Every effective organization—both secular and religious—has a mission statement. A mission statement is something that guides the activity of every member of the organization. This is true in the kingdom of God, too! As members of God’s kingdom, we have a mission to fulfill.
Jesus was very clear in regard to his own mission statement. He shared it openly in the synagogue one day: “The Spirit of the Lord God is upon me, because the Lord has anointed me to bring good news to the poor; he has sent me to bind up the brokenhearted, to proclaim liberty to the captives, and the opening of the prison to those who are bound; to proclaim the year of the Lord’s favor” (Luke 4:18-19, referencing Isaiah 61:1-2a).
It may seem odd, to proclaim the year of the Lord’s favor given the past economic downturn. Nonetheless, we are citizens of the kingdom. As such, we must take Jesus at his word and not only proclaim that the Lord’s favor is come but also take it to heart and live as if every day is one day in a year of the Lord’s favor—because it is!
As you worship today and throughout this week, think about your personal mission statement. How does it compare with Jesus’s words in Luke 4? How can you improve your witness as a generous and faithful steward through service to others?
We see generosity as part of our Creator’s nature very clearly in the scriptures: in the giving of food for humanity and the animals, in the giving of a land to God’s chosen people as their homeland, in the giving of good gifts and daily sustenance to those who ask. We experience God’s ultimate act of generosity in the giving of Jesus to live and die to save us.
As we are created in God’s image, it actually is against our natural instincts to be stingy. Most people, when presented with a real need and asked in a nice way for a contribution to a worthy project, are more than happy to give.
However, there are times when we do not give. Those are the times our fallen nature overtakes our inclination for generosity. Often this reluctance is tied to fear.
God was fearless in creation. We, like God, must be courageous in life, which includes generously sharing time, talent, and treasure.
As you worship today and throughout this week, think about times you hesitated to be generous. How often were they tied to fear? How is God calling you to creatively and courageously use the gifts you have been given?
Many people today are afraid to give because they fear that they will outlive their resources. A few years ago, an eighty-year-old woman with assets in the multimillion-dollar range was asked to make a six-figure gift to a ministry. She declined, stating that she did not want to make such a large commitment at her age because she did not know if she would outlive her financial assets.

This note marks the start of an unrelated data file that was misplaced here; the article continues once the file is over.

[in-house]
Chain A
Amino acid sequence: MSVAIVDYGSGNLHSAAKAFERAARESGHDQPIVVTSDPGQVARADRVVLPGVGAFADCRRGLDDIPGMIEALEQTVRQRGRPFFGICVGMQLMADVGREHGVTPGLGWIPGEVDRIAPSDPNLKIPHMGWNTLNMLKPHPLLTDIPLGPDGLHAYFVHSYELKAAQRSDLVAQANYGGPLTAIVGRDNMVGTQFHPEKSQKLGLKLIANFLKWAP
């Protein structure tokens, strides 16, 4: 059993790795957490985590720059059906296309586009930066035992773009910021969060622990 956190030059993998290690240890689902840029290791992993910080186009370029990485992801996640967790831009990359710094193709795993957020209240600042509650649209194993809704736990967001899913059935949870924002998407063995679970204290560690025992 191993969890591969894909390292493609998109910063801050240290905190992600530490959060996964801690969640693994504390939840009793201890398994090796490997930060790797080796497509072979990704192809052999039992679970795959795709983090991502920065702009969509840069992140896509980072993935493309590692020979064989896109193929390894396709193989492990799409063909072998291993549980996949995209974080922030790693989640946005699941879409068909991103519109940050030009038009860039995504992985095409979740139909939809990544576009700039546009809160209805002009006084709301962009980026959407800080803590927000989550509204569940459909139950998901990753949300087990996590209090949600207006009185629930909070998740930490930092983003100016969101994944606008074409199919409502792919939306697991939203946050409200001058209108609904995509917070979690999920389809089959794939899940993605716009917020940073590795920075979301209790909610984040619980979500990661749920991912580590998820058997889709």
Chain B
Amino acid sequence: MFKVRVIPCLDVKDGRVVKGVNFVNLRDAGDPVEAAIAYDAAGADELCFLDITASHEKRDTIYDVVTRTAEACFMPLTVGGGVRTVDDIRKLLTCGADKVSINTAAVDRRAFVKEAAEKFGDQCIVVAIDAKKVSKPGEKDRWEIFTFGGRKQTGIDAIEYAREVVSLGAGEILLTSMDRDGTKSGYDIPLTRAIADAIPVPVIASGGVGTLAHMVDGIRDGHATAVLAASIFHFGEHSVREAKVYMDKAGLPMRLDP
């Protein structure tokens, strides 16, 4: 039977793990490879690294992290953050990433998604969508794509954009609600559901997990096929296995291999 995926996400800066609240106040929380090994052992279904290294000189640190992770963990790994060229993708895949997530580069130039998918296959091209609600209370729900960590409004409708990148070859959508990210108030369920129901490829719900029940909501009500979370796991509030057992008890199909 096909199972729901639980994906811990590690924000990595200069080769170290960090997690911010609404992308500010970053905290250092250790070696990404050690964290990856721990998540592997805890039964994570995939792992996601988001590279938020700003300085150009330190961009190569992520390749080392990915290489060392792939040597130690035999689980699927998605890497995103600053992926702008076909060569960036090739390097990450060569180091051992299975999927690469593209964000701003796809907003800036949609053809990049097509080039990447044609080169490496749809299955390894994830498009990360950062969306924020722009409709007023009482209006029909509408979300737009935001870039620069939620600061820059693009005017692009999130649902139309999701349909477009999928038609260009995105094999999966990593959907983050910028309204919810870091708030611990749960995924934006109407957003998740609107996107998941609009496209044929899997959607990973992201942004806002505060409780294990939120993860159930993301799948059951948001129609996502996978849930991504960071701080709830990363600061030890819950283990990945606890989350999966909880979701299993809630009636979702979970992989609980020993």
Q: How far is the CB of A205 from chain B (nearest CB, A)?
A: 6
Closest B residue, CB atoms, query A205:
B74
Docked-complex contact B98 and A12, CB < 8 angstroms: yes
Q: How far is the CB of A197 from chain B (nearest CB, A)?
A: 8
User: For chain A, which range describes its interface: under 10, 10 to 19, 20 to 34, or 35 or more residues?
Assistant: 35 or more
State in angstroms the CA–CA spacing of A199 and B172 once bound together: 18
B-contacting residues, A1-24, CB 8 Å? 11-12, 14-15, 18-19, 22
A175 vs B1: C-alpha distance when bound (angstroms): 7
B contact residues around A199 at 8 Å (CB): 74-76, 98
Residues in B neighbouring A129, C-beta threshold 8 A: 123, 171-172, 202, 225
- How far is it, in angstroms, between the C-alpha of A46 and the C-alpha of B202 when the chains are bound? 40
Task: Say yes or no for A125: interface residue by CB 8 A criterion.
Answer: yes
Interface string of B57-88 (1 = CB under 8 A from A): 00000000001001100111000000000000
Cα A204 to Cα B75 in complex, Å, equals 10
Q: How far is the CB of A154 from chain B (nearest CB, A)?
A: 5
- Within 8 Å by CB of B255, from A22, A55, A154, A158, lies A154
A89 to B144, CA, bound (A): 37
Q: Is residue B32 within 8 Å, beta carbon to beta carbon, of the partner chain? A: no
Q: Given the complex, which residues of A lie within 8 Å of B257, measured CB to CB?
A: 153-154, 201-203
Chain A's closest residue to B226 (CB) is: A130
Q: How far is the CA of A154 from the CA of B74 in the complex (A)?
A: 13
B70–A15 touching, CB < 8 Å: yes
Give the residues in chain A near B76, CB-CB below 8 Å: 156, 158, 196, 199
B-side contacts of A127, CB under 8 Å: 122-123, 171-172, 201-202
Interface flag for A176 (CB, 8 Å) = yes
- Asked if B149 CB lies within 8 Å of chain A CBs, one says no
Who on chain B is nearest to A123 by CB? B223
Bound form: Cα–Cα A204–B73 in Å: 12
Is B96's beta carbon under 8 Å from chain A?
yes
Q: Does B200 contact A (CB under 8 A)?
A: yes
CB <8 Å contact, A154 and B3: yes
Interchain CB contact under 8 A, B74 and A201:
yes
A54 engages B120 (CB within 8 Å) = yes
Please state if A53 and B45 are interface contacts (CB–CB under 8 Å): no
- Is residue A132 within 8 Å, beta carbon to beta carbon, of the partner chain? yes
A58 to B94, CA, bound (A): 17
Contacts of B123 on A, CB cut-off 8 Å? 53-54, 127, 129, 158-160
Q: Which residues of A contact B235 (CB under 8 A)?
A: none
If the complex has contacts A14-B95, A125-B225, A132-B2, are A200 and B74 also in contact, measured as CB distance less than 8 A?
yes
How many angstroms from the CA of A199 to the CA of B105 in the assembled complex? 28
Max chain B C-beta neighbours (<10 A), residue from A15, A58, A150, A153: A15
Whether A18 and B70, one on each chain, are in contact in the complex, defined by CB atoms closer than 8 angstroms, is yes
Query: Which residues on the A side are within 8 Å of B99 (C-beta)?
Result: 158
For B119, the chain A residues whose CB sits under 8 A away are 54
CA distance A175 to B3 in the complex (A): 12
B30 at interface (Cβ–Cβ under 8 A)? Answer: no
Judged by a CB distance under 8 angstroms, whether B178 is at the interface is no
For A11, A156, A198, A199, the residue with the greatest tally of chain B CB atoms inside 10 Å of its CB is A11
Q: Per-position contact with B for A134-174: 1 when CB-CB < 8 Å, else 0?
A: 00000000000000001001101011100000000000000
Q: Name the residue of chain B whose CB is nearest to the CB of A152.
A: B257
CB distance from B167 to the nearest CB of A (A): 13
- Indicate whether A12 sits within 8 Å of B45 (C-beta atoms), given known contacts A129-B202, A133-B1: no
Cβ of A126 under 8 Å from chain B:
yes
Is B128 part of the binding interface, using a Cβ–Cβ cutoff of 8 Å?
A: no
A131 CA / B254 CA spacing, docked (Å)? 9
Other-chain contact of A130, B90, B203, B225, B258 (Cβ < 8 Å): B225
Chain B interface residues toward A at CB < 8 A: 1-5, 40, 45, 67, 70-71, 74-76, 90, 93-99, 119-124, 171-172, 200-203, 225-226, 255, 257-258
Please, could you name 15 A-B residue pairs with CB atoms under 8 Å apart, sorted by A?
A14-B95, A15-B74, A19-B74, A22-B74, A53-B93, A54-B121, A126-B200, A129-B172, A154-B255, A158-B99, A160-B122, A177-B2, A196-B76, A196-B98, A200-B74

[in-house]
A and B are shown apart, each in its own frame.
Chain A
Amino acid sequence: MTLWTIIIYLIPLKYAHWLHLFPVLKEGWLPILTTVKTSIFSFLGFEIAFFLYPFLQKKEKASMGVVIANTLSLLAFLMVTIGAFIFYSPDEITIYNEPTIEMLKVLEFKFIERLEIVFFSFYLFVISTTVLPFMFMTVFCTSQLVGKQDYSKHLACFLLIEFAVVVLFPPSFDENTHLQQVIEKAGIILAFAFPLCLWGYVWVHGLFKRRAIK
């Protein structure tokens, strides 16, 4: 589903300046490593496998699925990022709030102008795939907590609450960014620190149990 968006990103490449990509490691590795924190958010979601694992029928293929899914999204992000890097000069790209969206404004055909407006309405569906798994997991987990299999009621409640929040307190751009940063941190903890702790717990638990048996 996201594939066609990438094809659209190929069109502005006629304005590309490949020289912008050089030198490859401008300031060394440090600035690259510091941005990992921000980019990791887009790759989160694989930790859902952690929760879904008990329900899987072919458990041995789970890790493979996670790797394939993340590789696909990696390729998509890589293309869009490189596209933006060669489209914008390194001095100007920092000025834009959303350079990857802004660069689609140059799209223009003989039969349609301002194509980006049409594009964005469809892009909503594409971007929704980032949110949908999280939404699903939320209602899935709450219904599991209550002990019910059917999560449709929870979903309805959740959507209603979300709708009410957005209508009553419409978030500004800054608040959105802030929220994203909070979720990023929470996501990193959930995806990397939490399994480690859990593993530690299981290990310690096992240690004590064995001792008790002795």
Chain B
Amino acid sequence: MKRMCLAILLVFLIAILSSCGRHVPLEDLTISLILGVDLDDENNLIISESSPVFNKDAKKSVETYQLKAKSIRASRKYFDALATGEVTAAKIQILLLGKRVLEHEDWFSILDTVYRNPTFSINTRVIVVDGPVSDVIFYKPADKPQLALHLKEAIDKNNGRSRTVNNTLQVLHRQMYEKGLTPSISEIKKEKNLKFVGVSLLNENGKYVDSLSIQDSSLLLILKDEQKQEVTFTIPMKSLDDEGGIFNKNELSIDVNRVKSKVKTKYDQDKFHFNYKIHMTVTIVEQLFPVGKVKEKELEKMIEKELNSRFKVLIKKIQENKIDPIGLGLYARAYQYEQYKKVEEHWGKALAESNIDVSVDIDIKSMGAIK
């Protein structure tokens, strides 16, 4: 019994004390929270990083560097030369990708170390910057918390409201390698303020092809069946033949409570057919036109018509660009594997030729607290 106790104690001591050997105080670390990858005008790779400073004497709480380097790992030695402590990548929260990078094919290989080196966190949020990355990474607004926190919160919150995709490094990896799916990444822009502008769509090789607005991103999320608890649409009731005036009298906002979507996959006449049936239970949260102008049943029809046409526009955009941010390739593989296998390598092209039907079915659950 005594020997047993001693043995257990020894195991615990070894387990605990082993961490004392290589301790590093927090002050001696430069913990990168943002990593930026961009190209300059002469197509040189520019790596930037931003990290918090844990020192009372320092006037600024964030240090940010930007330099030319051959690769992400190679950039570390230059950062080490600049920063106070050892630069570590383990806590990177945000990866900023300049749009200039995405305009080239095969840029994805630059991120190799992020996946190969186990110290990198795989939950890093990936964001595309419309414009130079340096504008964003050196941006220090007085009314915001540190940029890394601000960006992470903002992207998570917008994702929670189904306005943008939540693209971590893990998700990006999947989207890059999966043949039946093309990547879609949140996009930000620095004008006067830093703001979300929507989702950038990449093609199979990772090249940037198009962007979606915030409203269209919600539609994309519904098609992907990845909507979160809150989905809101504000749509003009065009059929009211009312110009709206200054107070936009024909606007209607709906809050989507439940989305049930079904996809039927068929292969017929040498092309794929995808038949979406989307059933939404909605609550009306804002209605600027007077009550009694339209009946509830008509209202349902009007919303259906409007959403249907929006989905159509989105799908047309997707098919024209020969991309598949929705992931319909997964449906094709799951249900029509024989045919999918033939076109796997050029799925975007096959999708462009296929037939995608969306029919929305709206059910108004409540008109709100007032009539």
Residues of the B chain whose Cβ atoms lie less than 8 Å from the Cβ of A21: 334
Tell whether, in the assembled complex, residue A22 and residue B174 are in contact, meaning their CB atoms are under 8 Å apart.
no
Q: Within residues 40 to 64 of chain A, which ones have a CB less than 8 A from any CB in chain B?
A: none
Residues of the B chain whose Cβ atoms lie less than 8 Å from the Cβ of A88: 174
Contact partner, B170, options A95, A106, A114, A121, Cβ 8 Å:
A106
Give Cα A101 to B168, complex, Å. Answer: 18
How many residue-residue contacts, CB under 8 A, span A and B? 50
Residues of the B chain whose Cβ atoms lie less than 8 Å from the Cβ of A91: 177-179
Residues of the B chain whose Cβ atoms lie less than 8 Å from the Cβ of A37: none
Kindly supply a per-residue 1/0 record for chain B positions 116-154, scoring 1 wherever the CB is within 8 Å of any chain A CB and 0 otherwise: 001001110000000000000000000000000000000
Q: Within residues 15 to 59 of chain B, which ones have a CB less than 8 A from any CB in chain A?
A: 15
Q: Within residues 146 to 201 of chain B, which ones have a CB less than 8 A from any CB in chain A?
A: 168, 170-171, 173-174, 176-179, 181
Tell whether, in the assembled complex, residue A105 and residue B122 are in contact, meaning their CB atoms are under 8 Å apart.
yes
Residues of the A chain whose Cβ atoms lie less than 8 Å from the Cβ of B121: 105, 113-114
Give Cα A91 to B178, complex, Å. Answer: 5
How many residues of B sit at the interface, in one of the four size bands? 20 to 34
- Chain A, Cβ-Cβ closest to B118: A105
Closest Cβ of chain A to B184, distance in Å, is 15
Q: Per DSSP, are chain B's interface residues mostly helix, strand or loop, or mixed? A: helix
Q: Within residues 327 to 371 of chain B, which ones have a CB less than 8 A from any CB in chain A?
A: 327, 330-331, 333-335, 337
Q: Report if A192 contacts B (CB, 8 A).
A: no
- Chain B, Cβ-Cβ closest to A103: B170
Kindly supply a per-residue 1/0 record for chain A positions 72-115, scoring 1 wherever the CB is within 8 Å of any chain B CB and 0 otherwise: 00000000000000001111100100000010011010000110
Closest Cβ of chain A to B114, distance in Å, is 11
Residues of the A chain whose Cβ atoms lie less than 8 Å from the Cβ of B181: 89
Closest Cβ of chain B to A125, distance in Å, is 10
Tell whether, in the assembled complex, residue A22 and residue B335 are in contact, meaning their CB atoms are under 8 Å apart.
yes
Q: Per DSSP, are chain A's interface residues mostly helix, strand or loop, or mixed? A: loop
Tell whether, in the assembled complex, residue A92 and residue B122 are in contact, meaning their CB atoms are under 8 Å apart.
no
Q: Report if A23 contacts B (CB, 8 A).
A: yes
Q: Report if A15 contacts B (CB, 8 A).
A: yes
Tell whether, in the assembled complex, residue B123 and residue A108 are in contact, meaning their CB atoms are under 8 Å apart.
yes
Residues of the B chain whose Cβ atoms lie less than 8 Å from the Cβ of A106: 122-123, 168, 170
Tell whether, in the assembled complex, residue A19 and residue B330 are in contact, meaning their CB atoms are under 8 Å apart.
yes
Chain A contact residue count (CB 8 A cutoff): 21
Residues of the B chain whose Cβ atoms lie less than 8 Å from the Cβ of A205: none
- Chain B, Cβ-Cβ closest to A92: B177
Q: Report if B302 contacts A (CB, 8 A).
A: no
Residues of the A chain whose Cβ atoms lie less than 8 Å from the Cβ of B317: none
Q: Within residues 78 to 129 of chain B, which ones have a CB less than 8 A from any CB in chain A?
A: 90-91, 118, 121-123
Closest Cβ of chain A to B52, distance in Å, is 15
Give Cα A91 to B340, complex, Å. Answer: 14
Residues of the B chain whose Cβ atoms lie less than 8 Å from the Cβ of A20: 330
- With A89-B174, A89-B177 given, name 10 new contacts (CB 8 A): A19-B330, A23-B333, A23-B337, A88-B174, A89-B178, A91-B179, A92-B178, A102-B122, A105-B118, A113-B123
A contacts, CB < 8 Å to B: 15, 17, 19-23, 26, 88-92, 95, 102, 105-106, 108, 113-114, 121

Interestingly, the widow that Jesus speaks of in Luke 21:1-4 knew exactly how much she had to live on. We do not know her age, but we do know that she gave 100 percent of her financial assets. She knew doing so would immediately put her in a situation where she was then outliving her resources. But she gave anyway!
If we fear that we will outlive our resources, are we not making a
statement about our faith in God to care for us? Do we not trust the God whose eye is on the sparrow, who clothes the lilies of the field? Do we choose not to believe Jesus when he tells us not to worry? Do we dare take God at his word when challenged to bring the full tithe into the storehouse and see if God will not provide in abundance so much so that we will not have need? Do we really believe that Jesus came to give us life in abundance? Or not?
As you worship today and throughout this week, think about your relationship to God regarding trust. Are there areas of your life in which you need to increase your trust in God? Is your management of your finances one of them?
Investing our resources for the sake of the kingdom is risky. It takes courage. As we sow the seeds of our time, talent, and treasure, some will fall on deaf ears. Others will fall on ears which are somewhat receptive. And our resources will be sown in places where some will accept them and use them and benefit from them until the worldly attitudes of society creep up around them. We will be disappointed, frustrated, even ridiculed at times.
But thanks to God, sometimes our resources will be accepted by deep, receptive, productive people. Some will receive our investments of time, talent, and treasure and happily accept them and use them and benefit from them—and produce fruit for the kingdom because of our investments. And because of our willingness to seek out the best investments of our resources, the kingdom of God will have an unbelievable harvest.
How would you like to get a 30-, 60-, or 100-fold return on the seed you plant in your garden this spring? Better yet, how would you like to get a 30-, 60-, or 100-fold return on the investment you put in the bank? Yes, that’s a 3,000, 6,000 or 10,000 percent interest rate! It’s not possible to get such interest rates at the bank. But it is possible when it comes to the kingdom of God!
As you worship today and throughout this week, think about how God is calling you to sow seeds for the kingdom. Are you sowing with an attitude of defeatism or with resilience? Are you sowing haphazardly or with purpose?